Three weeks before the season finale, last-lap contact between Martin Truex Jr. and Joey Logano resulted in a win for Logano at Martinsville Speedway.

A displeased Truex declared afterward that Logano “may have won the battle but he ain’t winning the damn war”

When the sun set on the season in Miami, Logano proved Truex wrong. Logano passed him for the lead with 12 laps to go, navigating around Truex’s No. 78 Toyota on the outside in commanding fashion.

Logano cruised to the win and his first Cup title.

4) Kevin Harvick kicks off the elimination era with championship (2014)

The 2014 Cup title came down to a three-lap shootout, with Kevin Harvick and Ryan Newman leading the way.

Newman entered the race having not won any of the previous 35 races. But he wouldn’t get to break NASCAR’s brand new elimination format designed to emphasize wins (Matt Crafton would do that in 2019).

Instead, Harvick held off Newman in the shootout to win the race and his first Cup title.

5) Kurt Busch loses tire mid-race, bounces back to win championship (2004)

The playoff era of NASCAR got off to an interesting start thanks to Kurt Busch.

The Roush Fenway Racing driver entered the season finale with an 18-pointy advantage over Jimmie Johnson, who had won four times in the previous five races.

Busch’s championship hopes almost came apart on Lap 250. As Busch attempted to enter pit road, the right-front tire came off his No. 97 Ford and Busch barely avoided hitting the pit wall.  Busch made it to pit road and the tire rolled down the track, creating a caution.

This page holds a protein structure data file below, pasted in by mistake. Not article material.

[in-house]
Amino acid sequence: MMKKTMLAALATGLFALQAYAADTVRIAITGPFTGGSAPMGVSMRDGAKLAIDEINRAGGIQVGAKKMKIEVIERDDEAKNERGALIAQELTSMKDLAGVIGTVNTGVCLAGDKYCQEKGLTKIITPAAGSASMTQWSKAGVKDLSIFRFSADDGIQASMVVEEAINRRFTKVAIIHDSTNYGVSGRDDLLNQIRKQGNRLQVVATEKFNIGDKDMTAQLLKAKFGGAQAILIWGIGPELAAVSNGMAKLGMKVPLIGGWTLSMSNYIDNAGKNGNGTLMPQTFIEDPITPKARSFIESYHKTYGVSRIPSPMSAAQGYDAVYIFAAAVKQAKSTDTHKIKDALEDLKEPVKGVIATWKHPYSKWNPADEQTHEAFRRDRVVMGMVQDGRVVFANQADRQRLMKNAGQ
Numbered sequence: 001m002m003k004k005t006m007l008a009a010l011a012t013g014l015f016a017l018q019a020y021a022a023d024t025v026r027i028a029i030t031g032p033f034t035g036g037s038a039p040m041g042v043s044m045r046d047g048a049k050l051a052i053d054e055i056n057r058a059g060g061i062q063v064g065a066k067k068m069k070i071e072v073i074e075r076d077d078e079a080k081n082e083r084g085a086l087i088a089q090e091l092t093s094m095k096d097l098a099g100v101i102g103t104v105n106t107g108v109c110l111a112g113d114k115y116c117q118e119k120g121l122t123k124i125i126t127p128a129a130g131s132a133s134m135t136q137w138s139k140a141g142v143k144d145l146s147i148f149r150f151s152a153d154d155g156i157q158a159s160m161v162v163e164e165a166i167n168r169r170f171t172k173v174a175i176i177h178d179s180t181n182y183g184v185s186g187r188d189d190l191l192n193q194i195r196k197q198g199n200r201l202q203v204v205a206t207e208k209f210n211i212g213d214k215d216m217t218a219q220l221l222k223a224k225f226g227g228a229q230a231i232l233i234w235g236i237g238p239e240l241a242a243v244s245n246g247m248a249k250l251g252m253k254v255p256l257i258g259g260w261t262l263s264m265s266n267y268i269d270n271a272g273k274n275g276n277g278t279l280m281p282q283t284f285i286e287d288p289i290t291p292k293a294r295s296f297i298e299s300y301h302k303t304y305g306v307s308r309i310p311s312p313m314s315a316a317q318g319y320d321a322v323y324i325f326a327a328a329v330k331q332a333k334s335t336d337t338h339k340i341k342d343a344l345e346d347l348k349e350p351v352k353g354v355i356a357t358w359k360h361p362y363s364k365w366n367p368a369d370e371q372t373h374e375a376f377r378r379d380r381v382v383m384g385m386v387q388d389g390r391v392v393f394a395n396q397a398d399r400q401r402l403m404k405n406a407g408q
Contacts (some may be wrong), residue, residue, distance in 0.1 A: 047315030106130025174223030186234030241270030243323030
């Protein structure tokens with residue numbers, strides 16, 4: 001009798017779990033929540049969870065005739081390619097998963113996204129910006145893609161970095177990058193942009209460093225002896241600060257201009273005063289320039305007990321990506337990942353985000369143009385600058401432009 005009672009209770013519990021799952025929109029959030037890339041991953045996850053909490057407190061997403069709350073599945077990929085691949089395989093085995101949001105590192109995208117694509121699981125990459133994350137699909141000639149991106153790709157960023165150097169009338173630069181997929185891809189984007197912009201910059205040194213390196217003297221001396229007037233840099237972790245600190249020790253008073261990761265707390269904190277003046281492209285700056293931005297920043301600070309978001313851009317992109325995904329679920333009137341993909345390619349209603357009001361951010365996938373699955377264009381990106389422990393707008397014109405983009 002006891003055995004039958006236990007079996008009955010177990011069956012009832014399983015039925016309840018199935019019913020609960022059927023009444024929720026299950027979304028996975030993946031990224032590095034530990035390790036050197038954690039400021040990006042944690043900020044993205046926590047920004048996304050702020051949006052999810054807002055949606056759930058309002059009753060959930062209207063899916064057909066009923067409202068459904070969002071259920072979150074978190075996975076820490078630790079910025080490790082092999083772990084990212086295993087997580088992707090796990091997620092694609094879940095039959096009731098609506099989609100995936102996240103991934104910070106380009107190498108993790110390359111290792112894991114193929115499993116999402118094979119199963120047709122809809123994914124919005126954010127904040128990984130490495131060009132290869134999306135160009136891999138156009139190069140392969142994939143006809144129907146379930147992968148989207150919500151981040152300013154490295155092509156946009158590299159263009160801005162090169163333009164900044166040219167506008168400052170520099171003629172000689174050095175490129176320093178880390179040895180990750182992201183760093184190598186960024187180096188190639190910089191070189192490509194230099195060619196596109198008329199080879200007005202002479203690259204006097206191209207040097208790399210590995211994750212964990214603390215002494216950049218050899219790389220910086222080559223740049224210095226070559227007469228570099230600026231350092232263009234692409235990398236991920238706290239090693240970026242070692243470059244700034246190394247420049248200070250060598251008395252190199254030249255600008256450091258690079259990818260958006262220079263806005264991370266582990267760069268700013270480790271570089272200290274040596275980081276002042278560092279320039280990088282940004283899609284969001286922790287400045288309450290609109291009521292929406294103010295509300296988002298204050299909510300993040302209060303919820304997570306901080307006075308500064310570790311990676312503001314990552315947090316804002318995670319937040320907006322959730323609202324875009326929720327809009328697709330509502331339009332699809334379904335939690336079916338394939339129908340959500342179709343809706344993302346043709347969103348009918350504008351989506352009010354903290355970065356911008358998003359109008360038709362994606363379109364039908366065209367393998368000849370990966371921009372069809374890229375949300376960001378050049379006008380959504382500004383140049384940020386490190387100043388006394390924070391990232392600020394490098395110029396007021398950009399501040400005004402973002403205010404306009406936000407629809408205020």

Luckily, he was able to stay on the lead lap. While teammate Greg Biffle won the race and Johnson finished second, Busch placed fifth and clinched his first championship with an eight-point advantage over Johnson.

Tony Stewart coming back to run Indy Xfinity race

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Hall of Famer Tony Stewart will make his first NASCAR start since 2016 when he competes in the July 4 Xfinity race at Indianapolis Motor Speedway, Stewart-Haas Racing announced Wednesday morning.

“Everyone knows what Indy means to me, so I can’t think of a better place to race on Fourth of July weekend,” said Stewart, who grew up 45 minutes from Indianapolis, in a statement. “It’s going to be cool making history by turning left and right in a stock car at the Brickyard, and the racing will be full of action and contact. Any time you can drive any racecar at the speedway is special, and you know I’m going for the win. The date is already circled on my calendar.”

The Xfinity race at Indy will be broadcast on NBC.

This will be the first time the Xfinity Series races on Indianapolis’ 2.439-mile, 14-turn road course.

The 62-lap race will mark the first Xfinity start for Stewart since 2013 and 95th series race in his career.

Stewart made 18 Brickyard 400 starts in Cup, winning twice (2005 and ’07). He also has competed in five Indianapolis 500s and four IROC races at the historic track.

Stewart has eight career Cup road course wins: five at Watkins Glen International and three at Sonoma Raceway.

Stewart’s most recent road course outing came in a demonstration run last October at Circuit of the Americas when he took a Stewart-Haas Racing Ford Mustang outfitted with a passenger seat and drove Haas F1 Team drivers Romain Grosjean and Kevin Magnussen around the track.